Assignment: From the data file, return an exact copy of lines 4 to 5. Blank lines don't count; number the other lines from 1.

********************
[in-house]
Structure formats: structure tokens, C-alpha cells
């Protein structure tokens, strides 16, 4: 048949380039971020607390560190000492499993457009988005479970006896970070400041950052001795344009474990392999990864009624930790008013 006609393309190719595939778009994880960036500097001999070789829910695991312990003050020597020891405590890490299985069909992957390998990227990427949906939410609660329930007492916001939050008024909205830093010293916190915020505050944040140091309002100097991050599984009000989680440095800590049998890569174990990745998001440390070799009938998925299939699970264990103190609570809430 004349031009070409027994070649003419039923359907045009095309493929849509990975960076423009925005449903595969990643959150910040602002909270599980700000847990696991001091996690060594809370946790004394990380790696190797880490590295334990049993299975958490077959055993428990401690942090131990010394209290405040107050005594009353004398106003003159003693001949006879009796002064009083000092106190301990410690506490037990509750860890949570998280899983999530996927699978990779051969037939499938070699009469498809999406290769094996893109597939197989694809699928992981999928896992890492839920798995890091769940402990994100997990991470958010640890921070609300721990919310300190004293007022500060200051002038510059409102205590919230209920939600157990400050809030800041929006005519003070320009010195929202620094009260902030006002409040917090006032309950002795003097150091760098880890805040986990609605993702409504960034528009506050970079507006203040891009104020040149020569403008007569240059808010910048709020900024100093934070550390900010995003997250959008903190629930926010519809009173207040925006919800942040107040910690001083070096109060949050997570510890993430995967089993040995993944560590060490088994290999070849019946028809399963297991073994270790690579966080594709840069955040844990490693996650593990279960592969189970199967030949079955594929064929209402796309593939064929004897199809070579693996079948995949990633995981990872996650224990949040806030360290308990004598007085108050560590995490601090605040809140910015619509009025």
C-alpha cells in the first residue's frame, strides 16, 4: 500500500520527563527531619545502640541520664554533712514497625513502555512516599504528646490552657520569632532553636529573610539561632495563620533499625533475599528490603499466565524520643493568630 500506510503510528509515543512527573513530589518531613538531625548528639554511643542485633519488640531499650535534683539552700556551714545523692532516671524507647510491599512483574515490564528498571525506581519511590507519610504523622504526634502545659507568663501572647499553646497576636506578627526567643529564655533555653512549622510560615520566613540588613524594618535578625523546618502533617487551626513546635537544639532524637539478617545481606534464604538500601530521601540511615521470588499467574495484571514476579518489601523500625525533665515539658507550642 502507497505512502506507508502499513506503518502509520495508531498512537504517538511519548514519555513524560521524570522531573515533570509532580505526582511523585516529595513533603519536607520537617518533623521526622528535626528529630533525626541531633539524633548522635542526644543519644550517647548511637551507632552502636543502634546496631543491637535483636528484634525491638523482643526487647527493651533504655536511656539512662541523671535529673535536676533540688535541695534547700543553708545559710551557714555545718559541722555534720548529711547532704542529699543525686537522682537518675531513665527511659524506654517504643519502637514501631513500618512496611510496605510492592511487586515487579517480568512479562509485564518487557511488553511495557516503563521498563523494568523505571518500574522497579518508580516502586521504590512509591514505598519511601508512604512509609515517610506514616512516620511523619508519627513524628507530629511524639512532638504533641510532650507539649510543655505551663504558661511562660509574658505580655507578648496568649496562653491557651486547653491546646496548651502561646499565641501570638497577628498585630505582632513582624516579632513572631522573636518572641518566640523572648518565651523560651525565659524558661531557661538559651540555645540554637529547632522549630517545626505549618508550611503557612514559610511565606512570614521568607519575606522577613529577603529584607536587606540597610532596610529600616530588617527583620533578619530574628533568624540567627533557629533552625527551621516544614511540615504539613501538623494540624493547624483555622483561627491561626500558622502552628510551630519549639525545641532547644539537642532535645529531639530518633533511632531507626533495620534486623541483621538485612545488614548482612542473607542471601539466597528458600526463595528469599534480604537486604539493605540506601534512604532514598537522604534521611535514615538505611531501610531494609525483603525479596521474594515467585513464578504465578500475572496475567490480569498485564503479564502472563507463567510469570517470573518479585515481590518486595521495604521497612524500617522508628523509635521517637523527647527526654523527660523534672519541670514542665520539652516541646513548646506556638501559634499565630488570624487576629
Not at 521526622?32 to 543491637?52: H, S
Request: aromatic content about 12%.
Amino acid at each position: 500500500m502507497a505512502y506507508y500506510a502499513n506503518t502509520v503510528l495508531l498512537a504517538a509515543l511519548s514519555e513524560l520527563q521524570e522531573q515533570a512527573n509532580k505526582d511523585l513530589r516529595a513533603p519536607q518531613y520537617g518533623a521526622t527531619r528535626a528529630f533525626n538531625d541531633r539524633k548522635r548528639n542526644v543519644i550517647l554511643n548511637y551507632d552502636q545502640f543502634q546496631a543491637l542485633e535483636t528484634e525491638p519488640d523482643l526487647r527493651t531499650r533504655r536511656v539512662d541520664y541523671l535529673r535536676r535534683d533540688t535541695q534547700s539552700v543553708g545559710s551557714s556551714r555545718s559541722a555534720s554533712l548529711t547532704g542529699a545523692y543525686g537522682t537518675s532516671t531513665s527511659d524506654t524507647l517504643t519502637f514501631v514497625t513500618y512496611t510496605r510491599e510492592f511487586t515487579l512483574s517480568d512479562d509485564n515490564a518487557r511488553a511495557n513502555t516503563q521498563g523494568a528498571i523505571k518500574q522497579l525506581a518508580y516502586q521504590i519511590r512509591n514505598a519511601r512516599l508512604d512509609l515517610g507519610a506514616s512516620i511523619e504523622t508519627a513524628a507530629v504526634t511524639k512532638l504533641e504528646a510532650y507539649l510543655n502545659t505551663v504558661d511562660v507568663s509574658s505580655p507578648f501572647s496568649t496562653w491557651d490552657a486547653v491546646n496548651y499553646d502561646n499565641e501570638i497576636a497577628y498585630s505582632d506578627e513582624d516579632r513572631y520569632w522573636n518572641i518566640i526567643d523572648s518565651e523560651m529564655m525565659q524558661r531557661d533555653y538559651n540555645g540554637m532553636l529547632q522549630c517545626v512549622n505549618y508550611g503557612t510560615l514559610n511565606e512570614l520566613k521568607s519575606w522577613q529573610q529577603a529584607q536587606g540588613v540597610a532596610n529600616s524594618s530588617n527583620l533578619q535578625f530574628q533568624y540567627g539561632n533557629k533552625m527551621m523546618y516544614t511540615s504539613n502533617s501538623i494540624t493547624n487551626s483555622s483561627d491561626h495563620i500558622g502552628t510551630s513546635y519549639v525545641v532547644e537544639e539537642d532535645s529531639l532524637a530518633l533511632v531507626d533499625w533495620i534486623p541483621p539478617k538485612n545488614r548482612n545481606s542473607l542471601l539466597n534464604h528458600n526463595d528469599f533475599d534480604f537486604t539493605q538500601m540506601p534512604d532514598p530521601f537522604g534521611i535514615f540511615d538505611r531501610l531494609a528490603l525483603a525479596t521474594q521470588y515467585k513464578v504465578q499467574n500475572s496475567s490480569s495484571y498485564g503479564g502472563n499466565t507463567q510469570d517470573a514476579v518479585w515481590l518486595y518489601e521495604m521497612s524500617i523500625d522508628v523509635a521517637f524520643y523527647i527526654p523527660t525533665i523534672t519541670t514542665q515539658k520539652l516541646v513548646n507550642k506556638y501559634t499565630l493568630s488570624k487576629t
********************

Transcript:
C-alpha cells in the first residue's frame, strides 16, 4: 500500500520527563527531619545502640541520664554533712514497625513502555512516599504528646490552657520569632532553636529573610539561632495563620533499625533475599528490603499466565524520643493568630 500506510503510528509515543512527573513530589518531613538531625548528639554511643542485633519488640531499650535534683539552700556551714545523692532516671524507647510491599512483574515490564528498571525506581519511590507519610504523622504526634502545659507568663501572647499553646497576636506578627526567643529564655533555653512549622510560615520566613540588613524594618535578625523546618502533617487551626513546635537544639532524637539478617545481606534464604538500601530521601540511615521470588499467574495484571514476579518489601523500625525533665515539658507550642 502507497505512502506507508502499513506503518502509520495508531498512537504517538511519548514519555513524560521524570522531573515533570509532580505526582511523585516529595513533603519536607520537617518533623521526622528535626528529630533525626541531633539524633548522635542526644543519644550517647548511637551507632552502636543502634546496631543491637535483636528484634525491638523482643526487647527493651533504655536511656539512662541523671535529673535536676533540688535541695534547700543553708545559710551557714555545718559541722555534720548529711547532704542529699543525686537522682537518675531513665527511659524506654517504643519502637514501631513500618512496611510496605510492592511487586515487579517480568512479562509485564518487557511488553511495557516503563521498563523494568523505571518500574522497579518508580516502586521504590512509591514505598519511601508512604512509609515517610506514616512516620511523619508519627513524628507530629511524639512532638504533641510532650507539649510543655505551663504558661511562660509574658505580655507578648496568649496562653491557651486547653491546646496548651502561646499565641501570638497577628498585630505582632513582624516579632513572631522573636518572641518566640523572648518565651523560651525565659524558661531557661538559651540555645540554637529547632522549630517545626505549618508550611503557612514559610511565606512570614521568607519575606522577613529577603529584607536587606540597610532596610529600616530588617527583620533578619530574628533568624540567627533557629533552625527551621516544614511540615504539613501538623494540624493547624483555622483561627491561626500558622502552628510551630519549639525545641532547644539537642532535645529531639530518633533511632531507626533495620534486623541483621538485612545488614548482612542473607542471601539466597528458600526463595528469599534480604537486604539493605540506601534512604532514598537522604534521611535514615538505611531501610531494609525483603525479596521474594515467585513464578504465578500475572496475567490480569498485564503479564502472563507463567510469570517470573518479585515481590518486595521495604521497612524500617522508628523509635521517637523527647527526654523527660523534672519541670514542665520539652516541646513548646506556638501559634499565630488570624487576629
Not at 521526622?32 to 543491637?52: H, S